“When you get into virtual engineering, in order to not waste your investment, you have to have a tool in place that manages data, process and development,” says Popielas.
Historically, CAE at Dana was the purview of individual experts who would select from among multiple software tools to perform everything from design data preparation to simulation execution to results analysis, storing both inputs and solutions mostly on their local hard drives. This made collaboration difficult ” and coordinating larger projects was a major challenge.
Communication about design changes was also an issue, with the experts sometimes running simulations on outdated data files. The situation was further complicated by Dana’s growth strategy of dispersing teams globally to keep closer contact with its geographically diverse customers.
“An individual product validation can involve thousands of gigabytes of information over time,” says Popielas. “When you generate as much data as we do, especially in the form of such complex simulations, you need to be able to assess what you have, know where it came from, and track it over time. SLM is enabling us to do all of that.”
As Dana began deploying SLM, the company took a “bottom-up” approach that helped the process evolve logically. “This was not a top-down, enterprise-wide deployment,” says Popielas. “We considered all the different processes we wanted to connect via SLM, and looked at where it made sense to start.”
An important aspect of the implementation process has been the creation of guided templates within SLM that capture best practices and standard method for simulation work on core products. A next step Dana is working on today is the creation of fully automated templates.
“These standardized templates are in the front end, with data loaded by non-CAE engineers and simulations running in the background,” says Popielas. “Our users don’t need to have knowledge of the specifics of the CAE software they are using, just access to a menu of proven shortcuts that help them accomplish their goals. If additional information is needed during the course of a product validation, they can use SLM to quickly locate input from our physical test labs. This automation enables future fully virtualization of engineering, as it is being implemented in all areas.”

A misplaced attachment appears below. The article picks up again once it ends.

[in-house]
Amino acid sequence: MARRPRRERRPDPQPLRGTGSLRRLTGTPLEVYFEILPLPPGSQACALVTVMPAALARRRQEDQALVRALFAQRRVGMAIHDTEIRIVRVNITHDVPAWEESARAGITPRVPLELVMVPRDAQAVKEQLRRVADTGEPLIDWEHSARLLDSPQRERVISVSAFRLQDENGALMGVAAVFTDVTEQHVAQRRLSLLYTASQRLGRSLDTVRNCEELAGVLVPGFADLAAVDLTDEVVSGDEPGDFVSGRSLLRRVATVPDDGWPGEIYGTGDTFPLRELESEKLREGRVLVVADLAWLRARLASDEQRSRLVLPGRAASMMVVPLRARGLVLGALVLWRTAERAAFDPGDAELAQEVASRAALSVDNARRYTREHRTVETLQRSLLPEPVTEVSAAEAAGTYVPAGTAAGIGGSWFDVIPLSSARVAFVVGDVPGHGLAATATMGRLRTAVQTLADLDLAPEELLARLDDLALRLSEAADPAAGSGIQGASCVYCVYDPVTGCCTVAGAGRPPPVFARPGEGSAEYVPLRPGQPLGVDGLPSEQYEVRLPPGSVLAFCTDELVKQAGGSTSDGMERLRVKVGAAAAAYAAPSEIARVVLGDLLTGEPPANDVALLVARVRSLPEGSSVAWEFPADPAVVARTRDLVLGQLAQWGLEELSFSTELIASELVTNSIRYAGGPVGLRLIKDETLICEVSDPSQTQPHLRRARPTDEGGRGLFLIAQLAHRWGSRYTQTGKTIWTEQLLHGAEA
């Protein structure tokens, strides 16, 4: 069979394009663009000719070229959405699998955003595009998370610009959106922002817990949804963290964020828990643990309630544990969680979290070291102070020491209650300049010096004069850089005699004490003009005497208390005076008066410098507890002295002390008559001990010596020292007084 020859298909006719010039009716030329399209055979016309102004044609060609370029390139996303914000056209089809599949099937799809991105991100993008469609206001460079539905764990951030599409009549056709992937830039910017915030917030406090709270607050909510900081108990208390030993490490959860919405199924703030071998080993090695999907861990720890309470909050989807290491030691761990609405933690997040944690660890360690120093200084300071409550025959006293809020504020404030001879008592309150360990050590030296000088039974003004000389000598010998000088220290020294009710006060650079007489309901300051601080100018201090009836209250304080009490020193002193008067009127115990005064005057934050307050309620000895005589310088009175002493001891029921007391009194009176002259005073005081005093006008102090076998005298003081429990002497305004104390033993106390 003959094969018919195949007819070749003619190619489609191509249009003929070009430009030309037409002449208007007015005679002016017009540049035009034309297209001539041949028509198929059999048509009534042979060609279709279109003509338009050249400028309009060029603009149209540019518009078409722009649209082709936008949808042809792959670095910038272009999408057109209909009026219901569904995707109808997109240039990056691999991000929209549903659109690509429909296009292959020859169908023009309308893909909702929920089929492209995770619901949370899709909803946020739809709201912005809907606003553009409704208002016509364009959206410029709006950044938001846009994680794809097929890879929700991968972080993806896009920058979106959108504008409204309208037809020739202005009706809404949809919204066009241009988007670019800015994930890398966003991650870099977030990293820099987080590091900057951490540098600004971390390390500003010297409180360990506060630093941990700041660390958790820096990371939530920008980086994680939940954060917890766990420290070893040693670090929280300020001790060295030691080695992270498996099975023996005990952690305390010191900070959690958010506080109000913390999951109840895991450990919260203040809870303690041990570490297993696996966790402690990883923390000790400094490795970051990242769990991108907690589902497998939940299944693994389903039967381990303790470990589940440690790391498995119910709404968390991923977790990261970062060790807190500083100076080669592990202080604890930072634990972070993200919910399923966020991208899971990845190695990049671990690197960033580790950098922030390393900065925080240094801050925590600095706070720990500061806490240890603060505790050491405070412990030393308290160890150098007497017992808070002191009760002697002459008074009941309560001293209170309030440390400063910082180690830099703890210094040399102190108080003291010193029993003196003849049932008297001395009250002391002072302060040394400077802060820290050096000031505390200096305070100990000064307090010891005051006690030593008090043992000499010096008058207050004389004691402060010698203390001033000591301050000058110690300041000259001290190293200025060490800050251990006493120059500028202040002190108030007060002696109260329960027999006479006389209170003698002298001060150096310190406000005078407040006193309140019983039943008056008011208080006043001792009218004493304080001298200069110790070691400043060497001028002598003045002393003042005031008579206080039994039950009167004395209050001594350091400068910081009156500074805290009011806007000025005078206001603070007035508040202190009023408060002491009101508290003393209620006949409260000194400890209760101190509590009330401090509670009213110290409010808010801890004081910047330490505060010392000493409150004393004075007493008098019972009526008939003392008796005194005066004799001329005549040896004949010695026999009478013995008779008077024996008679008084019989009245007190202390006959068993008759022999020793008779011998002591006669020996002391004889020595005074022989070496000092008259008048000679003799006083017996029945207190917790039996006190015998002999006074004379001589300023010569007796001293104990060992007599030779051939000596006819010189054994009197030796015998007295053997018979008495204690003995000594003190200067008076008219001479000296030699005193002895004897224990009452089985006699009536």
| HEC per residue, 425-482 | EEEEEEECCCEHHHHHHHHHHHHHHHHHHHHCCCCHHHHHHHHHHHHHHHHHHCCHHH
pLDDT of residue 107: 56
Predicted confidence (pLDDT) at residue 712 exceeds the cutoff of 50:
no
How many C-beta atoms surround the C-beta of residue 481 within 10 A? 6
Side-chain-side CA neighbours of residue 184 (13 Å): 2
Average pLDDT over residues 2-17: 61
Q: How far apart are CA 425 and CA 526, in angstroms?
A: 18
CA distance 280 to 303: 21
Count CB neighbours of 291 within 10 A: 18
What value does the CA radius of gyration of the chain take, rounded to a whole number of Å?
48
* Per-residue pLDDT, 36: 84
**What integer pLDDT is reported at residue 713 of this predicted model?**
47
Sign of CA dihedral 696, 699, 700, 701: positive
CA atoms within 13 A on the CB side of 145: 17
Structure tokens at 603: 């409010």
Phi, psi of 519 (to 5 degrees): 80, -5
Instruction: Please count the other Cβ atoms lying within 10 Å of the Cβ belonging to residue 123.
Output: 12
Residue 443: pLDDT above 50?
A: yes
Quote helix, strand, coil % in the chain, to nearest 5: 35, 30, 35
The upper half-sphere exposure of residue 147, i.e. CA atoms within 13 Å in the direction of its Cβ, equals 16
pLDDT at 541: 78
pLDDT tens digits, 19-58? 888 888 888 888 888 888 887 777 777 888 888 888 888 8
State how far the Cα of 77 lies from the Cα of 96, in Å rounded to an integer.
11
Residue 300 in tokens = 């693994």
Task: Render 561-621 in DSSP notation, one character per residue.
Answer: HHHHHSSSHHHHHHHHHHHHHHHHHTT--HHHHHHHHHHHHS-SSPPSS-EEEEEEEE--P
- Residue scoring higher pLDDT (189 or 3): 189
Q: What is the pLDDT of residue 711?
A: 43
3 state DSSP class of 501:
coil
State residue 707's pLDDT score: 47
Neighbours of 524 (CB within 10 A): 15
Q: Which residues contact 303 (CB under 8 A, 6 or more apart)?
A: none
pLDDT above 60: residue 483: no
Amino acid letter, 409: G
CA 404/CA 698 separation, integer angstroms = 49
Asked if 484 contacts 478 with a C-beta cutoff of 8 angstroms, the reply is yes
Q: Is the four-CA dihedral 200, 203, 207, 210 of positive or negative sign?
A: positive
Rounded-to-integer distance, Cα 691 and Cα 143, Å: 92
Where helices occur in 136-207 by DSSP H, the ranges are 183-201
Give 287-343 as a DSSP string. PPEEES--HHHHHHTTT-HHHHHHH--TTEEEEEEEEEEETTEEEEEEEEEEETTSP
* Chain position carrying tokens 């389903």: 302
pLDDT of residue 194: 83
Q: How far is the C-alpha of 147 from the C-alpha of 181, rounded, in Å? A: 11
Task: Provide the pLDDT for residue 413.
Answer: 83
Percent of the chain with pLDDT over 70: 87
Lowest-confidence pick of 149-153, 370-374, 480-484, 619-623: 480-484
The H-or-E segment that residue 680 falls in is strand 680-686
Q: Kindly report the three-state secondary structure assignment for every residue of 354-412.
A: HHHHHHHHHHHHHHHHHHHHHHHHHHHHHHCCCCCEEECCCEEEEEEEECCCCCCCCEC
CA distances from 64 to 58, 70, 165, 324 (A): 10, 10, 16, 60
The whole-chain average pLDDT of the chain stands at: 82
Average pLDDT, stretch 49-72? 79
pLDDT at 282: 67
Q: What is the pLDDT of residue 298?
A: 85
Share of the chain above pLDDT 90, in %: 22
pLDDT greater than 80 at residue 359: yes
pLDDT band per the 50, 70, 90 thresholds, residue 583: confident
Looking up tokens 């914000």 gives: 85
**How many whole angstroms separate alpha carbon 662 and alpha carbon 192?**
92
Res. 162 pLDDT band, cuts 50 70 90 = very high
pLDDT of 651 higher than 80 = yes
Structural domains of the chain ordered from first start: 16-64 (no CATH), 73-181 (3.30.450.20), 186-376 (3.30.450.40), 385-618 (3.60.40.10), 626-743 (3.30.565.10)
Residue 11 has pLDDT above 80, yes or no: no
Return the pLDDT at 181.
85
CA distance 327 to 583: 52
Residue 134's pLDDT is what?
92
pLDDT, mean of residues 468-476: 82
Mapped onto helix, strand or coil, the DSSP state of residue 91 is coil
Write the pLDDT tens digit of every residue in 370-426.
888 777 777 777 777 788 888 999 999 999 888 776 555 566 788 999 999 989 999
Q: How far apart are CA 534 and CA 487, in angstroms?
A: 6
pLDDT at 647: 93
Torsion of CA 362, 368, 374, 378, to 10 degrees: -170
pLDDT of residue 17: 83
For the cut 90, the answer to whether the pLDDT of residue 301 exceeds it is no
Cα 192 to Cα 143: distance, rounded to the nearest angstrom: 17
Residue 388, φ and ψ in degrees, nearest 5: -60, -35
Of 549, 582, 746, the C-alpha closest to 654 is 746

As deployment proceeds throughout Dana, Popielas says, “SLM is helping us manage everything so much more effectively. We can easily store data and find it again, literally saving weeks of searching. In the past, we wasted a lot of time hunting for information. SLM is not just archiving; it’s an environment where you always have working access to all the information you need.”
The Keys to Collaboration
In the future, SLM’s open platform will also allow the Dana team to share and exchange relevant data ” among themselves, with their automotive customers, and with their own suppliers.
“Our user base is very diversified,” says Popielas. “We need to be able to work with any software tool out there. Within SLM, we easily generate connectors through which we can line up to the different software packages, which can be CAE tools, a PDF or even an internally written script ” anything with an executable.”
The SLM process management capabilities make such teamwork smoother by providing consistency and repeatability, Popielas says.
“We’re seeing a 20% to 25% time savings over our previous methodology,” he reports. “We can more readily identify the ‘sweet spot’ for cost-vs.-performance that generates profitability.”
As all this complexity runs automatically behind the scenes, what the Dana teams appreciate most is the visual interface everyone works from when accessing SLM: Live Simulation Review, which is based on Dassault Systemes’ 3DLive platform (see Fig. 2). The user sees an onscreen turntable, on which sit 3D representations of the various jobs in progress on any given part or assembly. By clicking on a particular image, the user can identify and navigate to all relevant simulations being worked on by whomever is involved in that particular aspect of the product’s development.
Fig. 2. Live Simulation Review screenshot of a cylinder head gasket (CHG) project shows the turntable format in SLM (from SIMULIA, Dassault Systemes) through which users can access all aspects of a product development project and collaborate with remote teams in real time.
As the user performs whatever tasks are required that day, all changes (and their history) are updated automatically, and are accessible to everyone authorized to access the project. Remote teams can all be on the user-secured Live Simulation Review to collaborate, in real time, on model development.
“This is where I think SLM is the leading technology on the market,” says Popielas. “The methodology goes hand in hand with what I like to call ‘iCAE.’ The understanding of the importance of collaborative computer-aided engineering is deepening as the use of simulation becomes increasingly widespread throughout industry. If you want to draw a lot of different disciplines into the engineering space together, you have to provide a virtual environment that is visually intuitive. The ability to collaborate this way is a key reason why we went with SLM.”
Full implementation of SLM at Dana is expected to be complete in the near future, and the company’s engineers are already anticipating how the software will enable them to further their exploration of the potential of iCAE. Upcoming enhancements include deploying templates into engineering spheres such as manufacturing.
“We want to integrate manufacturing steps into simulation,” says Popielas. “Understanding the physics of the production process will further improve product quality, as will optimizing the layout of manufacturing stations.”
The remote visualization offered by cloud computing is still on the horizon, notes Popielas, but many benefits of iCAE are already available. “When you start taking advantage of these technologies, you have so much to gain,” says Popielas. “We are talking double digits, always. It’s extremely cost-effective when you do it right.”